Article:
Periods tend to last between 4 to 8 days, and they tend to keep going until menopause, which usually happens when you’re around 50 years old.
So, if you’ve sworn off period sex — well, those days definitely add up.
Period sex used to get a bad rap (“Ew, it’s gross!”). But these days, many people have come around to the idea that sex while menstruating is not only totally normal, it’s actually good for you.
Still, there are many misconceptions about it. So, to help us wade through the facts about period sex (and give us tips about how to have great period sex), we reached out to New York-based Alyssa Dweck, MD, author of The Complete A to Z for your V, and Jane van Dis, MD, an OB-GYN with Maven, the digital clinic for women and families.
Yep, a midcycle nookie is good for you! Here are some of the benefits of period sex.
Menstrual cramp relief
It’s pretty well-known that a little nookie can help alleviate period cramps. “Yes, orgasms (and their uterine muscle contractions) are associated with the release of feel-good chemicals and neurotransmitters — which can naturally help with pain,” Dwerk says.
One old 1988 study found that women who had a higher frequency of orgasms experienced less menstrual pain. A more recent, small study found that brain activity during orgasms could be a factor in pain reduction.
You may be tempted to skip sexy times when you have a menstrual-related headache, but it could actually help. A 2013 study suggested that sexual activity has the potential to help relieve pain in migraine attacks and cluster headaches. More research is needed to fully understand this.
Not everyone can get past the culturally-imposed ick factor of period sex, but it’s really no big deal. If you think of it as a natural lubricant, it can become a lot more fun.
There’s no reason for anyone to be grossed out by something so natural and common.
In addition, Dwerk says, some women also have heightened libido during their menses… which always leads to better sex.
A small 2013 study suggested that sexual arousal can be higher around ovulation, indicating that your interest in sex can fluctuate depending on hormones and other period-related changes. But everyone is different, so your mileage may vary.
Remove the tampon
If you’re not using a sex-friendly product like a menstrual disc, make sure to remove it before engaging in the fun. Tampons, for instance, can get pushed up further into your vagina, which can cause complications.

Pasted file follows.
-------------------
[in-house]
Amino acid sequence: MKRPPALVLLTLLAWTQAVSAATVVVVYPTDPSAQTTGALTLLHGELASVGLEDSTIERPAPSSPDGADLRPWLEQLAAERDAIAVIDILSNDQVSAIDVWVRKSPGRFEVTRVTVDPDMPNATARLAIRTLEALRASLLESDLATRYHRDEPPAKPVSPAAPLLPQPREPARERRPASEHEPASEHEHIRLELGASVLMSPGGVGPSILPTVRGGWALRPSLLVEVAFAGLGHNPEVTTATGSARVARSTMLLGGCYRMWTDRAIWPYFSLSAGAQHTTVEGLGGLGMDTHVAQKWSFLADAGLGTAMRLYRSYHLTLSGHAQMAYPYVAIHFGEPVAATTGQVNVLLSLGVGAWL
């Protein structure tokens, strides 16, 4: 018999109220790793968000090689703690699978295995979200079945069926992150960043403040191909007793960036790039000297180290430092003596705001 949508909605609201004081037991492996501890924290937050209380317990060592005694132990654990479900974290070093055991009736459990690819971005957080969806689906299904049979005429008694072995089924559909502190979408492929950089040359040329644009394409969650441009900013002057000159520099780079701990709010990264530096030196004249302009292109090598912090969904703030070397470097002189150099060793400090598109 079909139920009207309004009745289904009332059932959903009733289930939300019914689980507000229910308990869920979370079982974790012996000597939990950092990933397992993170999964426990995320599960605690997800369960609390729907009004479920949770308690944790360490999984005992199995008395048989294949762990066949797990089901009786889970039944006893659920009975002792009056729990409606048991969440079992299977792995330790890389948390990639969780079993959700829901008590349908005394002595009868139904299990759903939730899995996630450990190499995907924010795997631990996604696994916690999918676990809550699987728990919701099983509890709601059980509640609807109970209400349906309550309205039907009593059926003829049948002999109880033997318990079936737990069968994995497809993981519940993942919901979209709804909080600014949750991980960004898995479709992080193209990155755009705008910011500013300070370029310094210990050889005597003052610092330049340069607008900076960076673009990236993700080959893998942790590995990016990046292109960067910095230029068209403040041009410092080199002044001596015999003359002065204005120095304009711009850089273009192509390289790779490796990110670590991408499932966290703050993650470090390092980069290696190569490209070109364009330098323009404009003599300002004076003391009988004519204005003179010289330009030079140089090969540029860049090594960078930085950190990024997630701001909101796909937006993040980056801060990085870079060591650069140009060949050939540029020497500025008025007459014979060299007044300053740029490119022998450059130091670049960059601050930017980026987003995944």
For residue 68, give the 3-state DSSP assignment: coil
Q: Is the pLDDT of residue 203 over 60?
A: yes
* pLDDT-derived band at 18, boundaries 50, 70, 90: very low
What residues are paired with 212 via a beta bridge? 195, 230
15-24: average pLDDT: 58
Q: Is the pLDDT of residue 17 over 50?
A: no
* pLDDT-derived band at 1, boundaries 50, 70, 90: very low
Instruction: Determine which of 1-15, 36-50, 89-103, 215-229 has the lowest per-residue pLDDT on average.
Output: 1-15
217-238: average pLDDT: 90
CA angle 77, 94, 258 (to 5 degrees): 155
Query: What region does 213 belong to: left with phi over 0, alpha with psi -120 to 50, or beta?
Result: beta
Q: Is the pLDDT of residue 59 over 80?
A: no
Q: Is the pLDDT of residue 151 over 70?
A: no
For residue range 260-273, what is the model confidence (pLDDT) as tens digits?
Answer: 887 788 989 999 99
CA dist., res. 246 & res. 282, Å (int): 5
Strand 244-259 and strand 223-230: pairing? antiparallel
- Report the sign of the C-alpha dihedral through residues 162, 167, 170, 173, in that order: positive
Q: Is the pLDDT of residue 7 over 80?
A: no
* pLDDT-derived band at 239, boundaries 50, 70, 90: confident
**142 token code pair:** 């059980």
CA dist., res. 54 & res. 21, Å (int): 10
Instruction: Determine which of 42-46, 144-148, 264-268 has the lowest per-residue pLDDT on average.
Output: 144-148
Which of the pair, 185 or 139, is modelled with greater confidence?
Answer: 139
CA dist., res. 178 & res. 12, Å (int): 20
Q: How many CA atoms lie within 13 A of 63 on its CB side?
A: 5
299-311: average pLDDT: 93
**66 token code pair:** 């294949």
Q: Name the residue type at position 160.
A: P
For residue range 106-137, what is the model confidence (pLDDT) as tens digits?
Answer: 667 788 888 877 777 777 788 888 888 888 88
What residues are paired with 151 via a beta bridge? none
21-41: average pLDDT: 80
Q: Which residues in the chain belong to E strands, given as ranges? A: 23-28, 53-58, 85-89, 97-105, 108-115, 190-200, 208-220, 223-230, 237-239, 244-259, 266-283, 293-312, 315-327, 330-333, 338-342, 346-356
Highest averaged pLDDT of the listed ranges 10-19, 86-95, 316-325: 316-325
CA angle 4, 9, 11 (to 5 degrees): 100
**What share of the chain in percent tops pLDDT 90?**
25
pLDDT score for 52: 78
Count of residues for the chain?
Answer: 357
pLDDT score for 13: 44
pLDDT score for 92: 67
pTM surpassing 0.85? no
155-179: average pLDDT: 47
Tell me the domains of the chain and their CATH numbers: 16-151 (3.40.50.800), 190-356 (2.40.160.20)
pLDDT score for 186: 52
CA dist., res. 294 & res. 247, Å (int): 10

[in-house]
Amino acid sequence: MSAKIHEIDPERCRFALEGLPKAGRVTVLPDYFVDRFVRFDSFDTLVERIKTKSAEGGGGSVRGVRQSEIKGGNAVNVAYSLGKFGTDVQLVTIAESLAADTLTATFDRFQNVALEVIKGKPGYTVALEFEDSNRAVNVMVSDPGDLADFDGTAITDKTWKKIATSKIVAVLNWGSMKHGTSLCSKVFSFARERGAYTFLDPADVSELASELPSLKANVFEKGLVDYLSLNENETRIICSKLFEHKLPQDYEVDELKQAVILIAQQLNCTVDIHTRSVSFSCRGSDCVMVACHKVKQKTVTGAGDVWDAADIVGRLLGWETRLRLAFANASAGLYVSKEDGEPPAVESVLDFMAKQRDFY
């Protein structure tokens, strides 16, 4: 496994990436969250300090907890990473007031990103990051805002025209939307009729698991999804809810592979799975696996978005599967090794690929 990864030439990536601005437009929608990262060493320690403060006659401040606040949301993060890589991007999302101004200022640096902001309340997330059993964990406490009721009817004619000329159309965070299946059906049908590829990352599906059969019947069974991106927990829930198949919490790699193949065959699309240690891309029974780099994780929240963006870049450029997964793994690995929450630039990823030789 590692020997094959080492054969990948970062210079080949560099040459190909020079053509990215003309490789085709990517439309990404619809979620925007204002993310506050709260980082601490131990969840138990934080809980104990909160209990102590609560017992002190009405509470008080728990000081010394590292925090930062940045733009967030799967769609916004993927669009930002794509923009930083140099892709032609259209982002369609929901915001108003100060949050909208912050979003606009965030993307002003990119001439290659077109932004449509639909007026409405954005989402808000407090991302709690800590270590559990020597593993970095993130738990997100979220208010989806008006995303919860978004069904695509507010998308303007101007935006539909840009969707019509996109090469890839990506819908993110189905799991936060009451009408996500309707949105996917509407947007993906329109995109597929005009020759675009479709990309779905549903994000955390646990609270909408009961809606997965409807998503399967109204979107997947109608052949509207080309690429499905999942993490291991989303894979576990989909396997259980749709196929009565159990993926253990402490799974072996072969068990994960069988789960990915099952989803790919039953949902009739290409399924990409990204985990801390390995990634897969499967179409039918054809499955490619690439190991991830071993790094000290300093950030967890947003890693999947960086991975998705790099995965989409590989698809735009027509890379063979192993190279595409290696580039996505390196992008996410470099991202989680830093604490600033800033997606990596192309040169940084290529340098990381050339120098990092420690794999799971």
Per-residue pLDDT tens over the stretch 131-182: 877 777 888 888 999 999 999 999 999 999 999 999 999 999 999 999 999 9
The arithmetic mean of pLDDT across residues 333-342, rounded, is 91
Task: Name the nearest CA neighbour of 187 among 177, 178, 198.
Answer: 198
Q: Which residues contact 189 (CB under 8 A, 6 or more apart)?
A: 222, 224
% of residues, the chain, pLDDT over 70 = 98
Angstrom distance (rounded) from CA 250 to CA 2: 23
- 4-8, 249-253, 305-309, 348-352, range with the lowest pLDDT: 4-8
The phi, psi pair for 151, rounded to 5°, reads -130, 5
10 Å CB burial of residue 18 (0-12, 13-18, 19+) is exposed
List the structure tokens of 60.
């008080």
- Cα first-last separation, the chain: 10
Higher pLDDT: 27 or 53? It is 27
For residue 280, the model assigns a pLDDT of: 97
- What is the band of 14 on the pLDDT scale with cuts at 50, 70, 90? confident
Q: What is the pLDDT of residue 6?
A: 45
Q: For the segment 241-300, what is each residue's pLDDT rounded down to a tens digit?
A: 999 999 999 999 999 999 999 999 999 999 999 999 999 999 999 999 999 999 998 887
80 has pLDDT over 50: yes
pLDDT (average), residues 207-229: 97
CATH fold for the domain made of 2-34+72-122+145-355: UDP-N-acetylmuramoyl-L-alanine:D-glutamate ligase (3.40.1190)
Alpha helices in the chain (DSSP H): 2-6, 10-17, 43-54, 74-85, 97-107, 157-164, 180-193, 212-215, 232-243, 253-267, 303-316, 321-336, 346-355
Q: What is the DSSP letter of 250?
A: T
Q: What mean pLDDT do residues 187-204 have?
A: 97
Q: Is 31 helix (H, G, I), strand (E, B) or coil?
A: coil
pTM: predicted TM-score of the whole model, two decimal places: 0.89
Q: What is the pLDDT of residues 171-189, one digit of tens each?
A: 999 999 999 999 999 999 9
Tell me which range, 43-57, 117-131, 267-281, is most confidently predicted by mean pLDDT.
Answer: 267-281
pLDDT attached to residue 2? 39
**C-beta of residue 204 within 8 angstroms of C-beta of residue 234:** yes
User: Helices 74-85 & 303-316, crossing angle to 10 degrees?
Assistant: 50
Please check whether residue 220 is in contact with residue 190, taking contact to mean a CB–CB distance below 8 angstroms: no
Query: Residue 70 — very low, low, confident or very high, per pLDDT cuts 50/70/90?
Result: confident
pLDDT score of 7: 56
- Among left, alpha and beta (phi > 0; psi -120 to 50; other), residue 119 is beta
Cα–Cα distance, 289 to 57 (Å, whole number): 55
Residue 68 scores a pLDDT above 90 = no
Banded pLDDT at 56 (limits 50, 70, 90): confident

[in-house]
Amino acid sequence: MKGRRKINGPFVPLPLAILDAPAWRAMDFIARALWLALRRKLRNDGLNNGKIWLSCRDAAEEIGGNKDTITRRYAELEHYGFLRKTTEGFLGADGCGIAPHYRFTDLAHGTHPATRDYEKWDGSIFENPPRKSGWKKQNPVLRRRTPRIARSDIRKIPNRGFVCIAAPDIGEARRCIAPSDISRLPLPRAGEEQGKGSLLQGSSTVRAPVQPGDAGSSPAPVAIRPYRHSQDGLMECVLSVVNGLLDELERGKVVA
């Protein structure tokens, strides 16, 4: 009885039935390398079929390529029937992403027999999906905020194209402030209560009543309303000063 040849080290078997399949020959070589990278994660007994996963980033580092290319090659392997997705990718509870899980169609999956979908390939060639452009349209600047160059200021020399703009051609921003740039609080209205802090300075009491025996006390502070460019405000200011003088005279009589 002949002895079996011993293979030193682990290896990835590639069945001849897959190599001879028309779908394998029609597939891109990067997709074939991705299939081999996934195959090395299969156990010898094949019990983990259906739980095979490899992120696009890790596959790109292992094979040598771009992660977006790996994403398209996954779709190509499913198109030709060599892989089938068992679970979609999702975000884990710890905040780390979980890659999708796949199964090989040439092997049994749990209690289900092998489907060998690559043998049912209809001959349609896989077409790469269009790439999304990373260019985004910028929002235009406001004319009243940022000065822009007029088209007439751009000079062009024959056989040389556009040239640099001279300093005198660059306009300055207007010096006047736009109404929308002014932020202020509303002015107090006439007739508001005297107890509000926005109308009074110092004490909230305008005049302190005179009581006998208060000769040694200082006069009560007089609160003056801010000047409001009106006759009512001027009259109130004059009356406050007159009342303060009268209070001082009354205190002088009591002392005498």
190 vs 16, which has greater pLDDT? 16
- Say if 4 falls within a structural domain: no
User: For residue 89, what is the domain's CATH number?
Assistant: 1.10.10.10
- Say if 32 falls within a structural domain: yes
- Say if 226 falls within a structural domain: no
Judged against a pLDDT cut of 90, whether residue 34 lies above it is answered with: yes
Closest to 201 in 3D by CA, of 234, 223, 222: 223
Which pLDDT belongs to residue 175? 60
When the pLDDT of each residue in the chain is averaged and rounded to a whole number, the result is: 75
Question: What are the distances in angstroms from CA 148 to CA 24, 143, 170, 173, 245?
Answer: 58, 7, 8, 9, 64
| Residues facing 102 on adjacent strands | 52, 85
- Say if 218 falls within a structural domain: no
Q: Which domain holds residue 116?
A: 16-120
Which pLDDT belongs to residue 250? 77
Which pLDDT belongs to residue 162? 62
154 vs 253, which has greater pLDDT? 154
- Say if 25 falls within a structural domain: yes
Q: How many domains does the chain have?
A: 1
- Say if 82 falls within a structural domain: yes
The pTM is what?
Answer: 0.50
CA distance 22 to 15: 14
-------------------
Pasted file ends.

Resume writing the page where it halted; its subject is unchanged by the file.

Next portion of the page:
Sexually transmitted infections (STIs)
Many STIs, such as hepatitis B and C and HIV, are transmitted through bodily fluids, including menstrual blood. Syphilis, gonorrhea, and chlamydia are also sexually transmitted, and van Dis notes that OB-GYNs see an increased rate of all three.
“Some have hypothesized that since the cervix is slightly opened to allow menstrual blood and endometrial lining to pass, that there could be increased risk for transmission of viruses or bacteria during period sex,” van Dis says. “But there haven’t been any definitive studies showing this is true.”
So, if you’re nonmonogamous, it’s a good idea to always use a condom or other barrier method regardless of time of the month.
And yes, you can still get pregnant
One of the old-timey myths about period sex is that you can’t get pregnant, but that’s totally false. “I tell people that while the chance of conceiving on days 1 to 7 of the cycle is low, it’s not zero,” van Dis says. “If you’re not ready to become a parent, it’s best to use at least one reliable form of birth control at all times.”
Van Dis suggests shower sex or a product like a menstrual disc, which can be used for mess-free period sex.
Other fun options for period hanky-panky:
- Avoid your heaviest days (like day 2) if you’d rather keep it cleaner.
- Do it in the bathtub.
- Do it in a super-secluded outdoor space.
- Throw a towel down on the bed.
- Potentially avoid positions like the cowgirl, because… gravity.
- Do it any way you like and take a shower after — no biggie.
Oral sex can be safe to do on your period, too. But to keep things safer and a little cleaner, feel free to use a dental dam, which is a barrier method for preventing STI transmission.
While period sex used to be fairly taboo, that’s no longer the case, Dweck and van Dis say.
Dwerk says partners need to openly communicate with each other about their comfort levels. “Menses and vaginal health and hygiene in general are still controversial subjects. Let’s change this,” Dweck says.
Adds van Dis: “When half the population menstruates, there’s really no need to whisper about it.”
So, if you and your partner are A-OK with period sex, there’s no reason not to make it a part of your regular routine.
Julissa Treviño is a writer and journalist currently based in Mexico. Her work has appeared in Columbia Journalism Review, The Dallas Morning News, Racked, Man Repeller, Teen Vogue, and CityLab. Follow her @JulissaTrevino.